Where is the light? It will be in the ideas that you pass on to your children, the ideas that they pass on to your grandchildren. Where is the light? It is before me. It is in each one of you. It is in the family unit that fosters foundations of grace and love. Don’t worry if there is a misstep along the way. As Leonard Cohen said: “There is a crack in everything. That’s how the light gets in.”
Life is a constant audition. Life is a series of improvisations. We all find what’s important to us, what’s not. We find our truth through a series of hits and misses. Sometimes we can share our truth. Our knowledge spreads wherever we go like a burr that attaches itself to your pants leg from one place and drops off in another.
We hear a lot about a lack of individual responsibility. Before we can be responsible, we have to become aware of what is going on around us. Then we must care about what we’ve become aware of. Only then will we be able to act responsibly. That is what life asks. Idealism and optimism are our responsibility.
In his poem “Tristram,” Edwin Arlington Robinson writes:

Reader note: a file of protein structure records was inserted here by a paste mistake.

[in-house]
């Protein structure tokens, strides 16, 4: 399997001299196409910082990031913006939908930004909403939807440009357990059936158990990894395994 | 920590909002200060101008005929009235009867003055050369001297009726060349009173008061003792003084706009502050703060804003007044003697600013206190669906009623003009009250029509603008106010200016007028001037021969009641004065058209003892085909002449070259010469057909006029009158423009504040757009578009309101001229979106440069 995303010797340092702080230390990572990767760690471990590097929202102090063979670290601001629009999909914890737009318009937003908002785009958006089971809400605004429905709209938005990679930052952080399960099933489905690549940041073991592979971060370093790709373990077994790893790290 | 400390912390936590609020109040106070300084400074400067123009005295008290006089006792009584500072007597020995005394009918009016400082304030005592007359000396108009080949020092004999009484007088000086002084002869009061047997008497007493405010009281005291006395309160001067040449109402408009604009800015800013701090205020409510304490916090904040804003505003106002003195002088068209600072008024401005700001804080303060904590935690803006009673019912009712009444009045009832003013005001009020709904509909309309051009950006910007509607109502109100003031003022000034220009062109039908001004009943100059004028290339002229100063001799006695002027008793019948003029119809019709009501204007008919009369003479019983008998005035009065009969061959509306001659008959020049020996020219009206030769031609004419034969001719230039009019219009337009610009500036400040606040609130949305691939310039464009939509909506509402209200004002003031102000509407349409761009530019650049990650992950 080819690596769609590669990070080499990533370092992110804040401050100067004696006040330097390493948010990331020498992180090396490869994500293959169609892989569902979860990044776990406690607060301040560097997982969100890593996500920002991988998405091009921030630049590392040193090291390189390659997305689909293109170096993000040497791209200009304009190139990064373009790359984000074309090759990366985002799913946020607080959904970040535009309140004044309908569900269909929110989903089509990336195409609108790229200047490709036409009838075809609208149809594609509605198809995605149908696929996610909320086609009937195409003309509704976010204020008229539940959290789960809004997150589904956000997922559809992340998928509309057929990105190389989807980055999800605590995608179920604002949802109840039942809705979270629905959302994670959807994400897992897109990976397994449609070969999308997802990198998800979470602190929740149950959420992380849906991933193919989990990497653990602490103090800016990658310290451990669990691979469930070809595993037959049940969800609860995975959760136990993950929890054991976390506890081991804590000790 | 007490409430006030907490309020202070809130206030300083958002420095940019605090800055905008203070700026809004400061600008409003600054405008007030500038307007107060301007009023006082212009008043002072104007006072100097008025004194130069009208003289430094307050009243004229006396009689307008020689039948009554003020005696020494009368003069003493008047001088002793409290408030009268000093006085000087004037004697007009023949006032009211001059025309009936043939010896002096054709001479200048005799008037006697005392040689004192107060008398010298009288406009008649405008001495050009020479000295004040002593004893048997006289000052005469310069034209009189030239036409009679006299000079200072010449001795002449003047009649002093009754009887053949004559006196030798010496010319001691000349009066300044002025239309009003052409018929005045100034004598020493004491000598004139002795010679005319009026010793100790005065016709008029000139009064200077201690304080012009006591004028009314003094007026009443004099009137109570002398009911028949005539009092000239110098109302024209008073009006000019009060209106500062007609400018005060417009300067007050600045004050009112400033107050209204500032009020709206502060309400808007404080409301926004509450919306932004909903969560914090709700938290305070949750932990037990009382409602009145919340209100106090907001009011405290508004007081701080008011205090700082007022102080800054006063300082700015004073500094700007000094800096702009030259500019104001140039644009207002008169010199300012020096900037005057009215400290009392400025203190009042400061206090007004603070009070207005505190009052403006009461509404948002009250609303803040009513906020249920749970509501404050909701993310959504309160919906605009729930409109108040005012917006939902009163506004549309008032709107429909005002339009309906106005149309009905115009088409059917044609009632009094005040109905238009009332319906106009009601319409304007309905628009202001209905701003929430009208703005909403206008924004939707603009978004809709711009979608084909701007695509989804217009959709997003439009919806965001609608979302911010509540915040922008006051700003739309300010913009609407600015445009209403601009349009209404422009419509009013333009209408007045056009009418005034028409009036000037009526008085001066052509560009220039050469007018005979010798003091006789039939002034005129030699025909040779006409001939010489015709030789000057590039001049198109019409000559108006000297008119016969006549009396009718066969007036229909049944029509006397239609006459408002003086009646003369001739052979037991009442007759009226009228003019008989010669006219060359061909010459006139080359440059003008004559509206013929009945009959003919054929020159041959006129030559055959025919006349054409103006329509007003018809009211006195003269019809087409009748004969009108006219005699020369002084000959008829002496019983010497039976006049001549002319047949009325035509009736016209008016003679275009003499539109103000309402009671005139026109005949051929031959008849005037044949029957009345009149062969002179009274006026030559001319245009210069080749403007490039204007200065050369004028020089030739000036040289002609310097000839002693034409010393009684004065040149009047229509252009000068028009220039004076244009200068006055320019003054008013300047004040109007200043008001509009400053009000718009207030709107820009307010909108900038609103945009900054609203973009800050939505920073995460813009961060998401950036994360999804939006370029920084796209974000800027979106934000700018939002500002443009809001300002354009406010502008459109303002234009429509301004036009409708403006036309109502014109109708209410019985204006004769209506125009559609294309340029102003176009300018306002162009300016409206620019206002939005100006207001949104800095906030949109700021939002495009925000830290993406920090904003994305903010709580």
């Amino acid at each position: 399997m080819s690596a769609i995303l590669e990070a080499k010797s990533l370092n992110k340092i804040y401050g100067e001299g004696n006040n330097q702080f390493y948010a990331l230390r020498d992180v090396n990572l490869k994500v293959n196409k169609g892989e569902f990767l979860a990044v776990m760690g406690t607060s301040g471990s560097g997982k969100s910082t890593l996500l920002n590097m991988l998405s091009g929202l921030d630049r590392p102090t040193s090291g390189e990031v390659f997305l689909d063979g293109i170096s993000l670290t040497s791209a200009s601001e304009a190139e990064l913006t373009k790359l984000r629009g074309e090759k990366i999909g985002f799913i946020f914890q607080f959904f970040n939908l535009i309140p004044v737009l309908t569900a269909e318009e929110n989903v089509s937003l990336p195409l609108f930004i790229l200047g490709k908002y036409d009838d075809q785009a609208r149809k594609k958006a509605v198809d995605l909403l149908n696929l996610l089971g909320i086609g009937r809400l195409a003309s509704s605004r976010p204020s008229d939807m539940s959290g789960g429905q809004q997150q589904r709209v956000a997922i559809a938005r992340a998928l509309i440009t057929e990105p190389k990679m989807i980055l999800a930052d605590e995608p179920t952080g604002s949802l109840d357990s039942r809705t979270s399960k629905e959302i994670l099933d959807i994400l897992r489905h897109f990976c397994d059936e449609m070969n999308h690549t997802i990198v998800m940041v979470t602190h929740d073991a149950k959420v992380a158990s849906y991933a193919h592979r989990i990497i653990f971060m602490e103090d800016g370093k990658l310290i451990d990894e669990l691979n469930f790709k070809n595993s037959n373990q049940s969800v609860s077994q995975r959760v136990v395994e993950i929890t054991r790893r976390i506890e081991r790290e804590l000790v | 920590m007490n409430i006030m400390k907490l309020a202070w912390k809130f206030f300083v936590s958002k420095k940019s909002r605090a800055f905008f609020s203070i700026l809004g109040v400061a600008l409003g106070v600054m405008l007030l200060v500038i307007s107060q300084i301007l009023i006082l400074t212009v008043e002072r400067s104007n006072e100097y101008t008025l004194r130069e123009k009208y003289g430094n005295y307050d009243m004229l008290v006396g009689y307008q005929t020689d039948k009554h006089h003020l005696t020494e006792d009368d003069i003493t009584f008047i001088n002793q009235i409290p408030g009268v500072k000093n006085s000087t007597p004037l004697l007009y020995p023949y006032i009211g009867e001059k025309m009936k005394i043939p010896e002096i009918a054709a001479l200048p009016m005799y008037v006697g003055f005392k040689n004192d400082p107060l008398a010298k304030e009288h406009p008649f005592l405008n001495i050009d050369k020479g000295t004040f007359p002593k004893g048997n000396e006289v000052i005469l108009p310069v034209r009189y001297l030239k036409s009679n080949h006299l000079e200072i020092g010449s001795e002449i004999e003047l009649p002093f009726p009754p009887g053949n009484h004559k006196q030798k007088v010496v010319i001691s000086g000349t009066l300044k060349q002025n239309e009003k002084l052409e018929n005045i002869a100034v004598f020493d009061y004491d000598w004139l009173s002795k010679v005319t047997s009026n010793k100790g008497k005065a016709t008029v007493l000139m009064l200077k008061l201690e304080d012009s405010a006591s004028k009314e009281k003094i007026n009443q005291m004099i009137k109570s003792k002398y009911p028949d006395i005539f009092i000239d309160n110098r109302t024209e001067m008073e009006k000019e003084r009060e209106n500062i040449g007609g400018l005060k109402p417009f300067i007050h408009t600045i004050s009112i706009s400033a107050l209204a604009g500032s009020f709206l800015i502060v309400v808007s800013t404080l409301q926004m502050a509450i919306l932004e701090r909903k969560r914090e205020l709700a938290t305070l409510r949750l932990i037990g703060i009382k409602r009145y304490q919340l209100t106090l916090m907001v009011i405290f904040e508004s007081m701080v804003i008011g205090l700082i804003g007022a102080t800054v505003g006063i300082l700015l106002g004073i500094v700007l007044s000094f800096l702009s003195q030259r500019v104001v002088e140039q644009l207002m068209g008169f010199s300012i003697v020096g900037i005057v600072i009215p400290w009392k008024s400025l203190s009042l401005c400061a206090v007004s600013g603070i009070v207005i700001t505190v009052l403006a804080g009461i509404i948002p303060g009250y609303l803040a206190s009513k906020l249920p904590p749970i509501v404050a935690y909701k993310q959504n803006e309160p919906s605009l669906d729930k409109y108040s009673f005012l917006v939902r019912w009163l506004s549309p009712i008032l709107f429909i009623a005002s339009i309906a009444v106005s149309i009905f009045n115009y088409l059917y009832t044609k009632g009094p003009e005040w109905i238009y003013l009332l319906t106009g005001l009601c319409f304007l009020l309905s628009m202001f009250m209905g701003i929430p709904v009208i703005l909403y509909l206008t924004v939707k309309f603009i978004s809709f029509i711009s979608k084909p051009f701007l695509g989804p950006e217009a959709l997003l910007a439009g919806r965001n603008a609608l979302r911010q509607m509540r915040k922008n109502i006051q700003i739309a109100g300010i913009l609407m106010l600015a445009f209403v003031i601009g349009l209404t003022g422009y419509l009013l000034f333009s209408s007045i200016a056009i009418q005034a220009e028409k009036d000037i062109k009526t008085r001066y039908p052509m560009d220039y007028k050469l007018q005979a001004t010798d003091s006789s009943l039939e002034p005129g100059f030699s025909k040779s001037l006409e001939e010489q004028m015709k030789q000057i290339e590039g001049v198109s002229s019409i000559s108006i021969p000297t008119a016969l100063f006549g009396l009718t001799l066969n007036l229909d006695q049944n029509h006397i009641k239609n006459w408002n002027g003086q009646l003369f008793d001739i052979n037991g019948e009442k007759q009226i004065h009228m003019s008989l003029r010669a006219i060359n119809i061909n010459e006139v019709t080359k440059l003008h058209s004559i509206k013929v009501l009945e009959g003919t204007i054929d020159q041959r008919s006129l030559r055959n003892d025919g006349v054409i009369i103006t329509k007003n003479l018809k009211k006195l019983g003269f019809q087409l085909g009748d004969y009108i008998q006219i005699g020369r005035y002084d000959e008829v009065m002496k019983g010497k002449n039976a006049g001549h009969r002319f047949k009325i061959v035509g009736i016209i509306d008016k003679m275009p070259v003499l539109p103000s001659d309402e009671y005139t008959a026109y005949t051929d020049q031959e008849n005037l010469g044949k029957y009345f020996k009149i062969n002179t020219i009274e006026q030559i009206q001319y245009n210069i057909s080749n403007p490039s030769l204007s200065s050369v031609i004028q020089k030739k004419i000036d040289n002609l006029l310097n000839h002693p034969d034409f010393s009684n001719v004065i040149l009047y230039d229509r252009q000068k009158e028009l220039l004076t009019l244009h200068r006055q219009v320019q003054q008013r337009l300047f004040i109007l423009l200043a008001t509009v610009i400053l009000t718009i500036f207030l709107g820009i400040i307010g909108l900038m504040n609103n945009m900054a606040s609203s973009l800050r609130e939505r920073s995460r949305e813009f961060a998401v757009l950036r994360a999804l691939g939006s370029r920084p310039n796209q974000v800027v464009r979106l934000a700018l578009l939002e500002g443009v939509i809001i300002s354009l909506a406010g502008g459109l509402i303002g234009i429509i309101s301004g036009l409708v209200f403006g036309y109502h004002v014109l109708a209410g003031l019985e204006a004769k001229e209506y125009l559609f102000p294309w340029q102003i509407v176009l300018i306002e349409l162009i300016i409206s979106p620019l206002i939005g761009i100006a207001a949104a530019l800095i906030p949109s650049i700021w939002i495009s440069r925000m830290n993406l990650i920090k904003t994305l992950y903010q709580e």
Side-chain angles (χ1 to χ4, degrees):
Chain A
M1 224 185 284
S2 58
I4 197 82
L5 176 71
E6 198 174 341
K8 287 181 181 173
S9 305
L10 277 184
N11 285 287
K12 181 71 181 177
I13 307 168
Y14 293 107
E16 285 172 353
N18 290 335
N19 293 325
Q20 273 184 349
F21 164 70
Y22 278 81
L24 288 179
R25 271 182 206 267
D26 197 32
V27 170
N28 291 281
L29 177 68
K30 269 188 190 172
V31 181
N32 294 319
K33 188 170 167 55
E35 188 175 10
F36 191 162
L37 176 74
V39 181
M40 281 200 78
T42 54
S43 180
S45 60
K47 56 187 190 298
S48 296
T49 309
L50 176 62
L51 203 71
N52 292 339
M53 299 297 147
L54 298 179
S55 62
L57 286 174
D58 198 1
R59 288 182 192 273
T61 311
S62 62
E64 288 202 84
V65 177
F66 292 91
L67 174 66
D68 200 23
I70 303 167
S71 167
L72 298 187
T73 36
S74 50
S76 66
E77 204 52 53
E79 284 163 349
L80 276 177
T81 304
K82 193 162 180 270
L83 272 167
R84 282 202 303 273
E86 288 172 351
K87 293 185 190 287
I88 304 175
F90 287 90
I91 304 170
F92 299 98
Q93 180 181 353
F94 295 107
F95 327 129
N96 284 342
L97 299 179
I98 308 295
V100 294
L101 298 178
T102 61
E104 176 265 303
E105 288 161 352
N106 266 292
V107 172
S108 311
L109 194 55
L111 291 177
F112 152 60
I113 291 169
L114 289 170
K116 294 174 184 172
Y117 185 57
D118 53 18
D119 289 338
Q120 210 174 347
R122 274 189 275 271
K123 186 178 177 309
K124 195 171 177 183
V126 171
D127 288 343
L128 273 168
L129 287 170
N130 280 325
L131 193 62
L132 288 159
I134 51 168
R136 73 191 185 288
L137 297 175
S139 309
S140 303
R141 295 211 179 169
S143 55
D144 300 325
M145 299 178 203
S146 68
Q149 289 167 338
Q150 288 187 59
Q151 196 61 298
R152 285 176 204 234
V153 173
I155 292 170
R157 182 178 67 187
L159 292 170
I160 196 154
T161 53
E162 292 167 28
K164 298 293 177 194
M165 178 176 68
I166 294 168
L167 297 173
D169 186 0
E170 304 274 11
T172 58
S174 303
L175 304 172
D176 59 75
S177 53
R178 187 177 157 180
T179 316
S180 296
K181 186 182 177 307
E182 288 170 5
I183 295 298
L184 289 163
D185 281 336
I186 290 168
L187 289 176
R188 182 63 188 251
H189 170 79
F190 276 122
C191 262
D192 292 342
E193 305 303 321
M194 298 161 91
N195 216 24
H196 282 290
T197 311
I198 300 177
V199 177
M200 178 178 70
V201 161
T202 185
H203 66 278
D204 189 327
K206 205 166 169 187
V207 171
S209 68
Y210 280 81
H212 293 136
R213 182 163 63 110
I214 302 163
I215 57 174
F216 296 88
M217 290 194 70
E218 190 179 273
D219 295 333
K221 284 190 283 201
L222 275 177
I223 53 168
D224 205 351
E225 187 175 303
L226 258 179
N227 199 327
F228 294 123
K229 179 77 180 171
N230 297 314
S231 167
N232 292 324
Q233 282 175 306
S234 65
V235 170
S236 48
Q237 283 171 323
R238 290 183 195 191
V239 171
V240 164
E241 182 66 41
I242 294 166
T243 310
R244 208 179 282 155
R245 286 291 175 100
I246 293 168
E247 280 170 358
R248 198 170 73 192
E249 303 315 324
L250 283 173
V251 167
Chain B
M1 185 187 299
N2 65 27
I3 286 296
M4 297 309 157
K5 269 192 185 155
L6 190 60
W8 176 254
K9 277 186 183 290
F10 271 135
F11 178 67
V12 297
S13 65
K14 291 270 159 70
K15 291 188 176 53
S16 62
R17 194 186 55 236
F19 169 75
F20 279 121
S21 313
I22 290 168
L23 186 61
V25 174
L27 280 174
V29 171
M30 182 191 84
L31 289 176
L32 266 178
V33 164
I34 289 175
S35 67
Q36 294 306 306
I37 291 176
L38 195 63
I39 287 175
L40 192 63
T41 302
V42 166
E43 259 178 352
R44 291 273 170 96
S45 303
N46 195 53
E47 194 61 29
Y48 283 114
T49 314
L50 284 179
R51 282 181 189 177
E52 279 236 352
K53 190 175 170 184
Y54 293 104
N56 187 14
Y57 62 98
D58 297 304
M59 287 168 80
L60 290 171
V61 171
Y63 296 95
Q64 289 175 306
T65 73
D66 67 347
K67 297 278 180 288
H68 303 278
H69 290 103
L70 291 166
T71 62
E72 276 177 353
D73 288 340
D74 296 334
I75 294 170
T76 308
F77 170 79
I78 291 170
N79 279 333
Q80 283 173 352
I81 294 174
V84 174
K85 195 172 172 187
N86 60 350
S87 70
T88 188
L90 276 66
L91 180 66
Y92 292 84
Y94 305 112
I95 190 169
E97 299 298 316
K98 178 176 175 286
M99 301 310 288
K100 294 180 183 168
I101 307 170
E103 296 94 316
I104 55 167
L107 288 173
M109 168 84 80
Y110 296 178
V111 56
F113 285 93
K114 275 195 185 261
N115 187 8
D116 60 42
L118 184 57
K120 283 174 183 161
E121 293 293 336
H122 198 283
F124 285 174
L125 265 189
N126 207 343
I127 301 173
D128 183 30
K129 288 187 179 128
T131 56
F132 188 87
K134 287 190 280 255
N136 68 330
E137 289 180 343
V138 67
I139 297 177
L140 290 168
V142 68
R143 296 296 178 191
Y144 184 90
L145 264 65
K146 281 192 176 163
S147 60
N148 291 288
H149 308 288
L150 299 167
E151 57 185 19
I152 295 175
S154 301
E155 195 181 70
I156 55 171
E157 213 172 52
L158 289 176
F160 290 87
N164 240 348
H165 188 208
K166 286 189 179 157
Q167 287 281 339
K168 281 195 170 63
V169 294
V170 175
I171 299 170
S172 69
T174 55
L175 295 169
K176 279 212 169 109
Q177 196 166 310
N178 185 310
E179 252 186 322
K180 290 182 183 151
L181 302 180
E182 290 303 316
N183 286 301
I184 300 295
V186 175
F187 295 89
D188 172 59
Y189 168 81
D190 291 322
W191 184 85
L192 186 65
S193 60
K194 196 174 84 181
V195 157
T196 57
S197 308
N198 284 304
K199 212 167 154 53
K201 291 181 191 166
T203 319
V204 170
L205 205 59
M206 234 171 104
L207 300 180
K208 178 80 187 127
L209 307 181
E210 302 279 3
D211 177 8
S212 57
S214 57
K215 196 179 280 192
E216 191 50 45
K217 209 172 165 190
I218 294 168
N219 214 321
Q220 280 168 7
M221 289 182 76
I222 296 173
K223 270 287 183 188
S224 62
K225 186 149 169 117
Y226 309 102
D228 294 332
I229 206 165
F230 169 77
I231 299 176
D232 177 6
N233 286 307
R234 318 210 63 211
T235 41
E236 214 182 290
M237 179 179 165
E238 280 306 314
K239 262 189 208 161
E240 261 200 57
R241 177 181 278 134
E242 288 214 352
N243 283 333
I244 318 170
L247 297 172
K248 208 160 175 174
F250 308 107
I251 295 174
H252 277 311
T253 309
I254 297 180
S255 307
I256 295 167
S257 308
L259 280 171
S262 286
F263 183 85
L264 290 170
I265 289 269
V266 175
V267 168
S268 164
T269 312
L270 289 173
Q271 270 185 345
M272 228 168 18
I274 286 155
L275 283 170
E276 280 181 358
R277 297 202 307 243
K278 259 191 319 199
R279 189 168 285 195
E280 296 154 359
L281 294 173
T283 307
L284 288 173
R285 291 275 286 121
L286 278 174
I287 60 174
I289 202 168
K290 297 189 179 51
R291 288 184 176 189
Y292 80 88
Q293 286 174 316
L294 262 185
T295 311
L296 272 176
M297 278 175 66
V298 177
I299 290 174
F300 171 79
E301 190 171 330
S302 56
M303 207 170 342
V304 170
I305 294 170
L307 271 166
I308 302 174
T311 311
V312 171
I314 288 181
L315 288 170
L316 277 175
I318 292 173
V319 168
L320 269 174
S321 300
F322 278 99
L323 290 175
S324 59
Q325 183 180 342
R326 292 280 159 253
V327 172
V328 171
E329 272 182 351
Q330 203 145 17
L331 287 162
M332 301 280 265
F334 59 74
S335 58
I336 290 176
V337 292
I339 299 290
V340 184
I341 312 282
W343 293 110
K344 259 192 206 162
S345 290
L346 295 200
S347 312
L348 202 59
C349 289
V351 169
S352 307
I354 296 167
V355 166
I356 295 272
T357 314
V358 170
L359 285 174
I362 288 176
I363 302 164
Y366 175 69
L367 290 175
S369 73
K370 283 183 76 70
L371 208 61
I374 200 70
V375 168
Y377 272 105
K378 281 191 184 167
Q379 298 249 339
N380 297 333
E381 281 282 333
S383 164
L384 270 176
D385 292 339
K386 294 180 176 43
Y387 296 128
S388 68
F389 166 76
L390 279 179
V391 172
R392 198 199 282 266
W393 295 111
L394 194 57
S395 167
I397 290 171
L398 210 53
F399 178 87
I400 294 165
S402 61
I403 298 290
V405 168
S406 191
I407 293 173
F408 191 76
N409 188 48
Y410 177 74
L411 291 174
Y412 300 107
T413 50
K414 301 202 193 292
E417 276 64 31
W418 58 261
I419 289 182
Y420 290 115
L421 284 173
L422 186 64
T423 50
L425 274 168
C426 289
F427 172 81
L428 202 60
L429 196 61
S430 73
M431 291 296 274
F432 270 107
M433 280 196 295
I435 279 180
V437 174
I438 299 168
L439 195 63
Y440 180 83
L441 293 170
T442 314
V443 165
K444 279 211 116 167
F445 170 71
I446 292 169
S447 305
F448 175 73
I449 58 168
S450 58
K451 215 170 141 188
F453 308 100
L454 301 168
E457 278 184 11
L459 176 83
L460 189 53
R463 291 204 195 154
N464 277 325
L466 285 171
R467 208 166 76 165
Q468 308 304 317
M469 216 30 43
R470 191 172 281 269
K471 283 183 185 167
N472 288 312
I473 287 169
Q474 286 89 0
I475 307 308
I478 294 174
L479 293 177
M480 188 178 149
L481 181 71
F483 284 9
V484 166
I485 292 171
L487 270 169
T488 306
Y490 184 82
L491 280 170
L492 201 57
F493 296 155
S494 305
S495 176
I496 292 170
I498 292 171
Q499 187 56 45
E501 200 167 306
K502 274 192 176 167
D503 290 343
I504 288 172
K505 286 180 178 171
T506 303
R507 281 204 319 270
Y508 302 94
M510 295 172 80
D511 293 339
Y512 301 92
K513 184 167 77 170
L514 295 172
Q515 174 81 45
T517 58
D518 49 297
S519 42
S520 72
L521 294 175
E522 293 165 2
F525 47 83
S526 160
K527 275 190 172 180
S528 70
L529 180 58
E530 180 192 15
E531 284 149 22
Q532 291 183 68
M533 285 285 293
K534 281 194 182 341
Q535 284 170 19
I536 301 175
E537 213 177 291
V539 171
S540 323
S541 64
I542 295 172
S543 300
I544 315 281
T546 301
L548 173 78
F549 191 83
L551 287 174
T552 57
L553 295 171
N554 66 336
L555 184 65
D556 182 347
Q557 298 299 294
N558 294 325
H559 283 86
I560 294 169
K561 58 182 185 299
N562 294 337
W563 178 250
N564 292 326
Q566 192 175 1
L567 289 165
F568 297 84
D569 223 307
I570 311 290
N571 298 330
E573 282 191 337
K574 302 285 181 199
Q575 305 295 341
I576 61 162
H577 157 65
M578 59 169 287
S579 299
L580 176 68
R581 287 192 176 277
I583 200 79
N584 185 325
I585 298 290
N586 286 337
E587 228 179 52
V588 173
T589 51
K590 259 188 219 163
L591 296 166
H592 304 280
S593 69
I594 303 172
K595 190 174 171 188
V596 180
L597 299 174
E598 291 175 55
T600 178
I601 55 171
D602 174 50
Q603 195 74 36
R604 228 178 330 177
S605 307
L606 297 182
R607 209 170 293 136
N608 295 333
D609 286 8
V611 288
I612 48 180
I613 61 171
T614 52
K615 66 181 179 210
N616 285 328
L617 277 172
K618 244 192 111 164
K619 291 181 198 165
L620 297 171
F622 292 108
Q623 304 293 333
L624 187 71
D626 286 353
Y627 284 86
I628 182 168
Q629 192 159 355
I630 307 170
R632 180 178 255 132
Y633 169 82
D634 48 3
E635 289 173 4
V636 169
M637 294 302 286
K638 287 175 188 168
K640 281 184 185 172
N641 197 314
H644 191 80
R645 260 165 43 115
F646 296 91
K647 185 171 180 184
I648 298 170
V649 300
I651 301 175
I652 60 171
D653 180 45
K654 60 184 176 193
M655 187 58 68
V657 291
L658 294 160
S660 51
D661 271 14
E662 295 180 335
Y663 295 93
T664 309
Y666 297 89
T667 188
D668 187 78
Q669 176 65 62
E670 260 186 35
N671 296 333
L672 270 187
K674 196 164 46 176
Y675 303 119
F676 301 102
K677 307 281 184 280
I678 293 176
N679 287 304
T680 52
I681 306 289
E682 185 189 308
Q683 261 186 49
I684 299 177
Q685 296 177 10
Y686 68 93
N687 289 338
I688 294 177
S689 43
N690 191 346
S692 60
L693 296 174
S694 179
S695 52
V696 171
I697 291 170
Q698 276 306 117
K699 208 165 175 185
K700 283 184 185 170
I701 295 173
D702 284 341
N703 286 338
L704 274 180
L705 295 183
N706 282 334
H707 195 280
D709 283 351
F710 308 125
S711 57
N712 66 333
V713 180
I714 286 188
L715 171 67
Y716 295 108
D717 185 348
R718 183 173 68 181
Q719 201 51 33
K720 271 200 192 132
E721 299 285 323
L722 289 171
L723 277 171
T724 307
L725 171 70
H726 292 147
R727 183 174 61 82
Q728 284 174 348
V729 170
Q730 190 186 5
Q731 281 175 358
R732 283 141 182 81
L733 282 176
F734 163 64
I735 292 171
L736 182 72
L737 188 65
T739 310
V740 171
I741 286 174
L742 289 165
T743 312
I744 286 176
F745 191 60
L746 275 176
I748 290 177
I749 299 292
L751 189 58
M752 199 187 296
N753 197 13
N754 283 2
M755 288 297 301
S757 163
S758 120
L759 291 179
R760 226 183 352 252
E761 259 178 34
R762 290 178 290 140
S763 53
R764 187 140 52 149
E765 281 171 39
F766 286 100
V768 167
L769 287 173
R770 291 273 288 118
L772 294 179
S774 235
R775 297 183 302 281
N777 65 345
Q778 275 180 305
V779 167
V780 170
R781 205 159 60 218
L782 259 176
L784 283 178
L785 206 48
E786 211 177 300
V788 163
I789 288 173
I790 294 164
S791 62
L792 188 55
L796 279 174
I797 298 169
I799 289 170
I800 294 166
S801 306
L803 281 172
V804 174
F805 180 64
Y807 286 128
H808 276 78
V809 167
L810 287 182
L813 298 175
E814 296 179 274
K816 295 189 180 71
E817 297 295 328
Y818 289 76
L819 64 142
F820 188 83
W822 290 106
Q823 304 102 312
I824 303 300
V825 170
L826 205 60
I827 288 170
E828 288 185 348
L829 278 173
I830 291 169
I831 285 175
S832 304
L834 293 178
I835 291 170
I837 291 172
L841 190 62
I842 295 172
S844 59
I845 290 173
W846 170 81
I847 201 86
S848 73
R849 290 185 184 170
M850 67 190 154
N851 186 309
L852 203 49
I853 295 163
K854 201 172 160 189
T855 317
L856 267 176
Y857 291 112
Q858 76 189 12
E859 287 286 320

Whether you will or not You are a King, Tristram, for you are one Of the time-tested few that leave the world, When they are gone, not the same place it was. Mark what you leave.
Be open in mind and heart. Encourage, as you were encouraged; mentor as you were mentored; give what you have been given. There is the obligation to give back. When you do, you will receive a gift.
Don’t forget who you are and what you want. It is out there for you. Nothing is impossible. Beware of celebrity and cynicism. Be thankful to your ancestors for they made this day possible. Keep your sense of humor. Get out among the people. Be cautious of the price for the “getting yours while it’s there to get” mindset.